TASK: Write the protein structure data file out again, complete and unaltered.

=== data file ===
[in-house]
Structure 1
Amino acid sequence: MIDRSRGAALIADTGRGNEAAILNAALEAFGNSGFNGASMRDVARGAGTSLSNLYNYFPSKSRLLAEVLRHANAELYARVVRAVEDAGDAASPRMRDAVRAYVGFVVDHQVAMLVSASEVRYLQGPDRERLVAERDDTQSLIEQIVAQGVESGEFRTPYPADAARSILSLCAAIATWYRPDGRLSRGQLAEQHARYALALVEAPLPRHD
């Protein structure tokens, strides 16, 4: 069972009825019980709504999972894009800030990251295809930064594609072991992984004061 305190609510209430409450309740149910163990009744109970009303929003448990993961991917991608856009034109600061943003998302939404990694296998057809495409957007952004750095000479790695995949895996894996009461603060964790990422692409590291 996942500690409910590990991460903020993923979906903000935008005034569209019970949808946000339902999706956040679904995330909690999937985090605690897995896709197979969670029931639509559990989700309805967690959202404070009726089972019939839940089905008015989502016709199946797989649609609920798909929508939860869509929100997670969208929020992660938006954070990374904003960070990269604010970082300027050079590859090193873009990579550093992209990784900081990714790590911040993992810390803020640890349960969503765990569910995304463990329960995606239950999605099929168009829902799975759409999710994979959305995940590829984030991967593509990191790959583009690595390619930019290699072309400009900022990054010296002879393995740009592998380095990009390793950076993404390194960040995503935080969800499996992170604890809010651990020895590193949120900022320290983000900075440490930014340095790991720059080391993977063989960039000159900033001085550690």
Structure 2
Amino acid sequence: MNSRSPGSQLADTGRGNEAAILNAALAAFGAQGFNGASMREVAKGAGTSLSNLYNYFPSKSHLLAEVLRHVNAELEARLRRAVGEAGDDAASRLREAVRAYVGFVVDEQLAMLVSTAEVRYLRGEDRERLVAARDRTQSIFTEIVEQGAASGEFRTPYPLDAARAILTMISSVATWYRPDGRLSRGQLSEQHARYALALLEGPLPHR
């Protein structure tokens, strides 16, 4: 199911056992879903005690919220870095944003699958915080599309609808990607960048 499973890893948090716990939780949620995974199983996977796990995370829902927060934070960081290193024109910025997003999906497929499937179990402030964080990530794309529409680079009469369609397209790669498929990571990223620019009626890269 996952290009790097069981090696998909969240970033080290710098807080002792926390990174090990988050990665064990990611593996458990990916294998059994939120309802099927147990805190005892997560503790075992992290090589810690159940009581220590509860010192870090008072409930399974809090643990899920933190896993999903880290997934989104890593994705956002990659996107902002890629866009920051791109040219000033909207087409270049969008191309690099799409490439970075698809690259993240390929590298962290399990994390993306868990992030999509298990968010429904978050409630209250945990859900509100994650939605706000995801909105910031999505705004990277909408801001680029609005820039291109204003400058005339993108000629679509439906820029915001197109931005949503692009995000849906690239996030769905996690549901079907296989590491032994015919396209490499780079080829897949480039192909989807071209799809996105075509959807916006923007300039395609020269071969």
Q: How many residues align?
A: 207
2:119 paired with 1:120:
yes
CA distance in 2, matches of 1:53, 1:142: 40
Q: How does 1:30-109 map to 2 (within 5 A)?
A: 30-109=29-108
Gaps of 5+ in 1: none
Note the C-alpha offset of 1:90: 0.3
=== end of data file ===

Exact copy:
[in-house]
Structure 1
Amino acid sequence: MIDRSRGAALIADTGRGNEAAILNAALEAFGNSGFNGASMRDVARGAGTSLSNLYNYFPSKSRLLAEVLRHANAELYARVVRAVEDAGDAASPRMRDAVRAYVGFVVDHQVAMLVSASEVRYLQGPDRERLVAERDDTQSLIEQIVAQGVESGEFRTPYPADAARSILSLCAAIATWYRPDGRLSRGQLAEQHARYALALVEAPLPRHD
């Protein structure tokens, strides 16, 4: 069972009825019980709504999972894009800030990251295809930064594609072991992984004061 305190609510209430409450309740149910163990009744109970009303929003448990993961991917991608856009034109600061943003998302939404990694296998057809495409957007952004750095000479790695995949895996894996009461603060964790990422692409590291 996942500690409910590990991460903020993923979906903000935008005034569209019970949808946000339902999706956040679904995330909690999937985090605690897995896709197979969670029931639509559990989700309805967690959202404070009726089972019939839940089905008015989502016709199946797989649609609920798909929508939860869509929100997670969208929020992660938006954070990374904003960070990269604010970082300027050079590859090193873009990579550093992209990784900081990714790590911040993992810390803020640890349960969503765990569910995304463990329960995606239950999605099929168009829902799975759409999710994979959305995940590829984030991967593509990191790959583009690595390619930019290699072309400009900022990054010296002879393995740009592998380095990009390793950076993404390194960040995503935080969800499996992170604890809010651990020895590193949120900022320290983000900075440490930014340095790991720059080391993977063989960039000159900033001085550690």
Structure 2
Amino acid sequence: MNSRSPGSQLADTGRGNEAAILNAALAAFGAQGFNGASMREVAKGAGTSLSNLYNYFPSKSHLLAEVLRHVNAELEARLRRAVGEAGDDAASRLREAVRAYVGFVVDEQLAMLVSTAEVRYLRGEDRERLVAARDRTQSIFTEIVEQGAASGEFRTPYPLDAARAILTMISSVATWYRPDGRLSRGQLSEQHARYALALLEGPLPHR
């Protein structure tokens, strides 16, 4: 199911056992879903005690919220870095944003699958915080599309609808990607960048 499973890893948090716990939780949620995974199983996977796990995370829902927060934070960081290193024109910025997003999906497929499937179990402030964080990530794309529409680079009469369609397209790669498929990571990223620019009626890269 996952290009790097069981090696998909969240970033080290710098807080002792926390990174090990988050990665064990990611593996458990990916294998059994939120309802099927147990805190005892997560503790075992992290090589810690159940009581220590509860010192870090008072409930399974809090643990899920933190896993999903880290997934989104890593994705956002990659996107902002890629866009920051791109040219000033909207087409270049969008191309690099799409490439970075698809690259993240390929590298962290399990994390993306868990992030999509298990968010429904978050409630209250945990859900509100994650939605706000995801909105910031999505705004990277909408801001680029609005820039291109204003400058005339993108000629679509439906820029915001197109931005949503692009995000849906690239996030769905996690549901079907296989590491032994015919396209490499780079080829897949480039192909989807071209799809996105075509959807916006923007300039395609020269071969």
Q: How many residues align?
A: 207
2:119 paired with 1:120:
yes
CA distance in 2, matches of 1:53, 1:142: 40
Q: How does 1:30-109 map to 2 (within 5 A)?
A: 30-109=29-108
Gaps of 5+ in 1: none
Note the C-alpha offset of 1:90: 0.3